House Panel Approves Reauthorization of Ryan White CARE Act
The House Committee on Energy and Commerce on Wednesday voted 38-10 to approve a draft bill that would reauthorize the Ryan White CARE Act for the next five years, the San Francisco Chronicle reports (Epstein, San Francisco Chronicle, 9/21). The draft bill in the House, sponsored by Commerce Committee Chair Joe Barton (R-Texas), would reauthorize the CARE Act through 2011 and appropriate about $2 billion for fiscal year 2007 in grants to state and local governments for medications, health care and social services, CQ Today reports. The measure would change how the grant money is distributed in order to provide funds to areas with increasing numbers of HIV-positive people. The legislation would give states a "hold-harmless" period of three years during which a state's CARE Act funding would not be reduced by more than 5% from its FY 2006 appropriation (Wayne, CQ Today, 9/20). Rep. Anna Eshoo (D- Calif.) co-sponsored an amendment to the bill that would have authorized more funds and would have "protected" San Francisco's CARE Act funding, according to the Chronicle. The committee voted 22-21 to reject the amendment (San Francisco Chronicle, 9/21).
The Senate Committee on Health, Education, Labor and Pensions in May voted 19-1 to approve a similar measure (S 2823) -- co-sponsored by HELP Committee Chair Mike Enzi (R-Wyo.) and Sen. Edward Kennedy (D-Mass.) -- that would amend the CARE Act by allocating more federal HIV/AIDS funding to Southern and rural states. The Senate bill would include revising the formulas for funding calculations to include HIV cases, and not just AIDS cases, and would create a tiered system of larger and smaller cities in an effort to distribute funds to more rural states. The measure also would mandate 75% of funding go to "core medical services," such as medications and physician visits, and also would set a minimum drug formulary. Sen. Hillary Rodham Clinton (D-N.Y.) was the only HELP committee member to vote against the bill, saying states with urban centers are most affected by HIV/AIDS and should not have their funding reduced, adding that New York state could lose $20 million under the proposed revisions (Kaiser Daily HIV/AIDS Report, 9/18).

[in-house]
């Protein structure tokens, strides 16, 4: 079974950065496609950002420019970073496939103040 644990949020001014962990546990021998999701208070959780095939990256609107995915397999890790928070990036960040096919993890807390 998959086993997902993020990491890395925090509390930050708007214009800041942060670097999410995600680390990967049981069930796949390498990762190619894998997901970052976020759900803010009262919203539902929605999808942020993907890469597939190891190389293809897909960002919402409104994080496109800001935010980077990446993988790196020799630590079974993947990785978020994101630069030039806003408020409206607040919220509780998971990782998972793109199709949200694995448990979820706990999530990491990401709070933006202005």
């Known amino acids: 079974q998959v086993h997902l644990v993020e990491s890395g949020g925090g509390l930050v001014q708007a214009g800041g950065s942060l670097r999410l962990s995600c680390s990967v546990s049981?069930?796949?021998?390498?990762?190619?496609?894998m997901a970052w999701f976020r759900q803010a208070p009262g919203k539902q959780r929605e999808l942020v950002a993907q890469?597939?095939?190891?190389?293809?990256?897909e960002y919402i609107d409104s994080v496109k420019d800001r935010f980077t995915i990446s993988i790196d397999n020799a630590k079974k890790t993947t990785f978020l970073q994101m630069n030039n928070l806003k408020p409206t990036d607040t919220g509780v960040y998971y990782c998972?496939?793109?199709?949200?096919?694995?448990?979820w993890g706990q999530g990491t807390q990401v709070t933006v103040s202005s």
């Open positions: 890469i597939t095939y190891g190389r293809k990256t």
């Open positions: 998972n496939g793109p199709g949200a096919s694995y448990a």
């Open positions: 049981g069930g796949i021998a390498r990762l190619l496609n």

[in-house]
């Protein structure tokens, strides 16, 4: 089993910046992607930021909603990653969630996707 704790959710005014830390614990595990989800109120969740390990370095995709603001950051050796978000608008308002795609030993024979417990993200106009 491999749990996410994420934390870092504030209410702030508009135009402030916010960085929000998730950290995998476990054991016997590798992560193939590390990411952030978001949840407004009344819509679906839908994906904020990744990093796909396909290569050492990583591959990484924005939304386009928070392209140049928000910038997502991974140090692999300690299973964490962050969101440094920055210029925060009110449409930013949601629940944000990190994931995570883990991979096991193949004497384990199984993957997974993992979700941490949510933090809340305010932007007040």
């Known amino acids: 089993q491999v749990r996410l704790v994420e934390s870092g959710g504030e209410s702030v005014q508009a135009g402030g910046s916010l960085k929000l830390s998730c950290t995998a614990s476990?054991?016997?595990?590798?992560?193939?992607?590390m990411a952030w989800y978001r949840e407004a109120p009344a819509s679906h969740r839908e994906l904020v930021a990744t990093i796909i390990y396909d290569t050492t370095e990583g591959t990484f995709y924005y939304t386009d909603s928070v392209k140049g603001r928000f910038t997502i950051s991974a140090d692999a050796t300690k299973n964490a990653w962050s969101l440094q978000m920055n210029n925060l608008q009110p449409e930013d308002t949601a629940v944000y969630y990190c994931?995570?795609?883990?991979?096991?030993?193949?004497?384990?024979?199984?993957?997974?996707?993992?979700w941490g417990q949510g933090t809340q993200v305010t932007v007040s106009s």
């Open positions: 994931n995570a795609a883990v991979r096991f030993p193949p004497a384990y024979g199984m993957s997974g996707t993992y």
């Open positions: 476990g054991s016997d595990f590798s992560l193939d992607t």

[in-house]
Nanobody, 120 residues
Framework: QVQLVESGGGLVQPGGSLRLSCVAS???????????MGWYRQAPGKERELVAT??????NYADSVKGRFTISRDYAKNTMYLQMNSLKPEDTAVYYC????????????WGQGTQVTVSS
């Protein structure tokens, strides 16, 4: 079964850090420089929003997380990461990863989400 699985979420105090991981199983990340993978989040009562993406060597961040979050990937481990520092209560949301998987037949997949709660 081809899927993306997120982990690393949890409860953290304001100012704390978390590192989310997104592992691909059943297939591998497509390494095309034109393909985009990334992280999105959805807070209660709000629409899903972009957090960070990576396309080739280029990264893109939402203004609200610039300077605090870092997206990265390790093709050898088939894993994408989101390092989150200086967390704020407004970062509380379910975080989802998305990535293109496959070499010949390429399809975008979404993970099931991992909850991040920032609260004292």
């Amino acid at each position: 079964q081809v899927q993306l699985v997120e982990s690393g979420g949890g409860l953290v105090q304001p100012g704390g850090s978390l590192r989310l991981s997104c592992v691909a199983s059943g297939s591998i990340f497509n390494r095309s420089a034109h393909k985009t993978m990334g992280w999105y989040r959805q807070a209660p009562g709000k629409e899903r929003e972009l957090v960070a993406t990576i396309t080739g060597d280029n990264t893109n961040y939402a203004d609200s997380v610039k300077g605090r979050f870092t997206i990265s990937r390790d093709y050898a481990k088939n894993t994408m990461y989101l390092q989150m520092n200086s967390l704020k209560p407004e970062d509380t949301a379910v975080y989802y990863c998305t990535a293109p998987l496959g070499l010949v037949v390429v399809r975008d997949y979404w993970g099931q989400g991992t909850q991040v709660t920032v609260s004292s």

Legislators from states with large urban areas -- including California, New Jersey and New York -- voted against the House bill, saying it could harm HIV/AIDS programs in areas with higher HIV prevalence, the AP/Washington Post reports (Werner, AP/Washington Post, 9/20). "This bill is designed to have clear winners and losers in funding, and there should be none," Rep. Eliot Engel (D-N.Y.) said, adding that the New York House delegation opposes the bill (CQ Today, 9/20). House Minority Leader Nancy Pelosi (D-Calif.) in a letter to the Commerce Committee wrote that the CARE Act's current hold-harmless provision "was adopted to protect the epicenters of this disease from experiencing drastic reductions in funding from year to year that would disrupt the systems of care in place, and eliminating it now would cause this very consequence." According to the Chronicle, San Francisco, which receives about $28 million annually from the CARE Act, could lose $10.4 million in HIV/AIDS funding by the fourth year of the program under the House proposal (San Francisco Chronicle, 9/21). In contrast, Alabama's CARE Act funding would increase from $11 million to $18 million annually if the measure becomes law. "It shouldn't matter where you live in the country when it comes to accessing medical care and therapy," Barton said (AP/Washington Post, 9/20). "It is time for Ryan White funds to be distributed more evenly, so all patients -- not just those living in New York, San Francisco and Boston -- can receive the care they need," Sen. Richard Burr (R-N.C.) said (San Francisco Chronicle, 9/21). It is uncertain whether Congress will pass the bill by the end of the month, the AP/Post reports (AP/Washington Post, 9/20).